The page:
River Wissey Lovell Fuller


February 2008

Dr Ian wonders whether theree is a sex-linked gene which determines our approach to using strange showers!

What a shower! I would welcome feedback about the following article as I have never read any comments in print about how people manage in strange showers. I wonder whether there is a genetic programme which determines our ability to cope and whether it is sex-linked (male/female, of course!).

It is commonly accepted that females are genetically incapable of reading a map or reverse parking. However, I do have to say that Deannie is good at reverse parking and is excellent at map-reading even when the map is held upside down. One thing at which she is not good, however, is managing in hotel or other strange showers.

Those of you who travel will be aware that showers come in all sorts of forms with many different types of control. Except when in a purpose-made cubicle, the shower is usually sited over the bath. The water is turned on at the taps and then there is some arrangement for diverting the water up to the shower head. This can involve pulling a sleeve up or pushing it down, pushing a lever to one side or pulling it up, or, as we had in a bath in Hungary, turning clockwise a metal disc on the bath which looked exactly like an overflow. Sometimes, the shower has its own set of controls on the wall, where you turn one dial for water volume and the other for heat. Almost inevitably, there is a lonely but friendly plastic shower curtain which, encouraged by the suck from the overhead extractor fan, keeps wrapping itself around you in a very cold fashion while you shower. No matter how powerful the shower and how good the shower head, the head will almost always be secured to the wall by a cheap plastic fitting, guaranteed to break at the least provocation.

Having been scalded twice and frozen on innumerable occasions by trying to work out the controls while standing under the shower - never forget that, when you divert the water from the bath taps to the shower, there will always be a column of cold water in the pipe and the shower head to come out first and shock the unwary - I have worked out a cunning plan. 1. Enter the bathroom and gently work out how to raise and lower the shower head without breaking the bracket; usually, it is necessary to turn the bracket anti-clockwise. 2. Remove the shower head from the bracket and lay it in the bath. 3. Turn the water flow on and adjust the temperature. 4. Climb into the shower/bath and carefully replace the shower head on the wall-bracket. 5. Climb out of the shower/bath to collect your soap and shampoo which you had forgotten. 6. Hang the shower curtain inside the bath and fight with it while showering.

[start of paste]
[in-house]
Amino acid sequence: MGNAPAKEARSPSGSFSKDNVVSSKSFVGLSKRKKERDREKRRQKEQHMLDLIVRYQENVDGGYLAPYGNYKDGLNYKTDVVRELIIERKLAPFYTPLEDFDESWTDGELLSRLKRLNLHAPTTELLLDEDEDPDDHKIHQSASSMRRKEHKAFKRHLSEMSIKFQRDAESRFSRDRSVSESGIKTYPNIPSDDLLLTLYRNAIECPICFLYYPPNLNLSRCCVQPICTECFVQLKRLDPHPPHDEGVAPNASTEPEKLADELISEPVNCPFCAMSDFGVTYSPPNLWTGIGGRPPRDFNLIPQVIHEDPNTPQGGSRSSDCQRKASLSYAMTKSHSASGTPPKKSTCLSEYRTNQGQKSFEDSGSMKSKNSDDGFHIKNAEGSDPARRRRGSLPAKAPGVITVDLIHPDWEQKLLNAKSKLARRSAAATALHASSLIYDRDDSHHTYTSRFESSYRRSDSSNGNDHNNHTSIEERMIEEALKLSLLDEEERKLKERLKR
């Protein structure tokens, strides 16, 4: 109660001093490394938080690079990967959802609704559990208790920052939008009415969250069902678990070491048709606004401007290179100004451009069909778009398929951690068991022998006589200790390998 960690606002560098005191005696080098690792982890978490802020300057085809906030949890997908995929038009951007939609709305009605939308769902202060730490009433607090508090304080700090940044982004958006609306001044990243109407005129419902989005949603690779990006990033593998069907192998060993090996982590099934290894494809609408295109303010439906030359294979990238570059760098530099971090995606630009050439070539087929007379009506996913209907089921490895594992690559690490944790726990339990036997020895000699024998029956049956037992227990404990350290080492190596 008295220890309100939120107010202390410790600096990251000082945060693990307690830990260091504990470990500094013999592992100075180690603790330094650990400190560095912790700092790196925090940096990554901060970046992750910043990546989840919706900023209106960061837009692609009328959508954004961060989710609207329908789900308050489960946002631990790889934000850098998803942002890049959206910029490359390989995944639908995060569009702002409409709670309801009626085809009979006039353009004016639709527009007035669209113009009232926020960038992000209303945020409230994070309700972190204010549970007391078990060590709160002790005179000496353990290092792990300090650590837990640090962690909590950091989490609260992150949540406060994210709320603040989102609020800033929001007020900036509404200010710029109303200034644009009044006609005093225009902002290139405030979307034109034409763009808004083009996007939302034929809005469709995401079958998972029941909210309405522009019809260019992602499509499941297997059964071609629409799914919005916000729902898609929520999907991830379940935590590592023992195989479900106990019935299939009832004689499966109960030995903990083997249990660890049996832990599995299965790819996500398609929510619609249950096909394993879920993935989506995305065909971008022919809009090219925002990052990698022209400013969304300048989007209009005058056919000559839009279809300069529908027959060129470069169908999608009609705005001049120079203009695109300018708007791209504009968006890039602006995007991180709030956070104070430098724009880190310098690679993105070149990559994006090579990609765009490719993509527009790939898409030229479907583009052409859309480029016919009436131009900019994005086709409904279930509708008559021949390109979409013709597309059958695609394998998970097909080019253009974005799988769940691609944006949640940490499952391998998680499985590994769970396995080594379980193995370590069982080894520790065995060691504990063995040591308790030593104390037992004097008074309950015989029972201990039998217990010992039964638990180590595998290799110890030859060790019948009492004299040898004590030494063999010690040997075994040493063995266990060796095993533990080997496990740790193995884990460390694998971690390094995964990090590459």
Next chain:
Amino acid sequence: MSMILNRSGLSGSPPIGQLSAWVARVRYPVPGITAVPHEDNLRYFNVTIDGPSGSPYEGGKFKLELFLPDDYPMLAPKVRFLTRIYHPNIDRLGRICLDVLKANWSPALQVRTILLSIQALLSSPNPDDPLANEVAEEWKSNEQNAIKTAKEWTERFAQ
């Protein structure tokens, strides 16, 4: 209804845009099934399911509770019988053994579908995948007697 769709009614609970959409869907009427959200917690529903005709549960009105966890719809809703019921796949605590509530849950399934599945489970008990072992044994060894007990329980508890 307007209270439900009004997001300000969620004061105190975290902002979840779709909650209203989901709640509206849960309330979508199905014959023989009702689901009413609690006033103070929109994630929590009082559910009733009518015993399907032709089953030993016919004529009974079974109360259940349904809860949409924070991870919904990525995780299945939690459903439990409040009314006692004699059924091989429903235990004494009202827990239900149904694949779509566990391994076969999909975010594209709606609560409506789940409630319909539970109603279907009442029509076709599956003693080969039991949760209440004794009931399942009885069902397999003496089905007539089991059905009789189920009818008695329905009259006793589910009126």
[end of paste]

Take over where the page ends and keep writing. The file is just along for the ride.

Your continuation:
Usually, head office takes a look at the shower, genetic overload occurs and she asks me for instructions. Sometimes, however, she feels confident enough to "go it alone", in which case my instructions to myself are as follows: 1. Lie on the bed. 2. Wait for the yelp as the cold water hits her naked form. 3. Listen for the "crack" as she shatters the bracket while trying to lower the shower head. to suit her vertically challenged status. 4. Prepare tea and sympathy 5. Telephone the engineer to mend the shower bracket.

So, ladies and gentlemen, do you think there could be a sex-linked gene involved here?

(I offered management the right to reply to this article. She commented that, of course, there is no such gene. She has little shower knowledge because she usually takes a bath and, anyways, like mobile 'phones and Ipods, showers are much better understood by the younger generation).

Roy's of Wroxham: When I was a little boy, I used to come with my parents and grandparents all the way from the Wirral to Wroxham for a boating holiday on the Broads. (The tradition continues to this day but I am the Grandfather now!). In Wroxham, there was a small grocery with sawdust on the floor and the young owner, Fred Roy, used to bring a cardboard box full of groceries to our boat. Time has moved on and Roy's is now a large organisation. Deannie and I are fond of the Roy's of Wroxham in Bury St Edmunds. There are numerous bargains and I particularly appreciate the ability to back my car into the downstairs loading bay to collect any bulky items such as 12 enormous bags of garden compost; graciously loaded into the car by Roy's staff. A word of warning - the car par beside Roy's in Bury St Edmunds is not, as I assumed, a store car park. It is a council Pay and Display park. On the first occasion we visited, having neither paid nor displayed, I acquired a fixed penalty ticket. Knowing that they would not give me another ticket, I left the car there for the remainder of the day (just about breaking even!) and we went off for lunch. On the way back, we passed a very smart looking lady and her partner. She was saying to her companion "Do I look like the sort of woman to shop in Roy's of Wroxham?" I couldn't resist throwing a "Yes, of course" at her as we passed. That particular day, one of our bargains had been a bath pillow embroidered with "Relax and rewind". Weeks later, I realised that it should have said "Relax and unwind" hence the low price.

Best wishes to you all

Ian G. Nisbet

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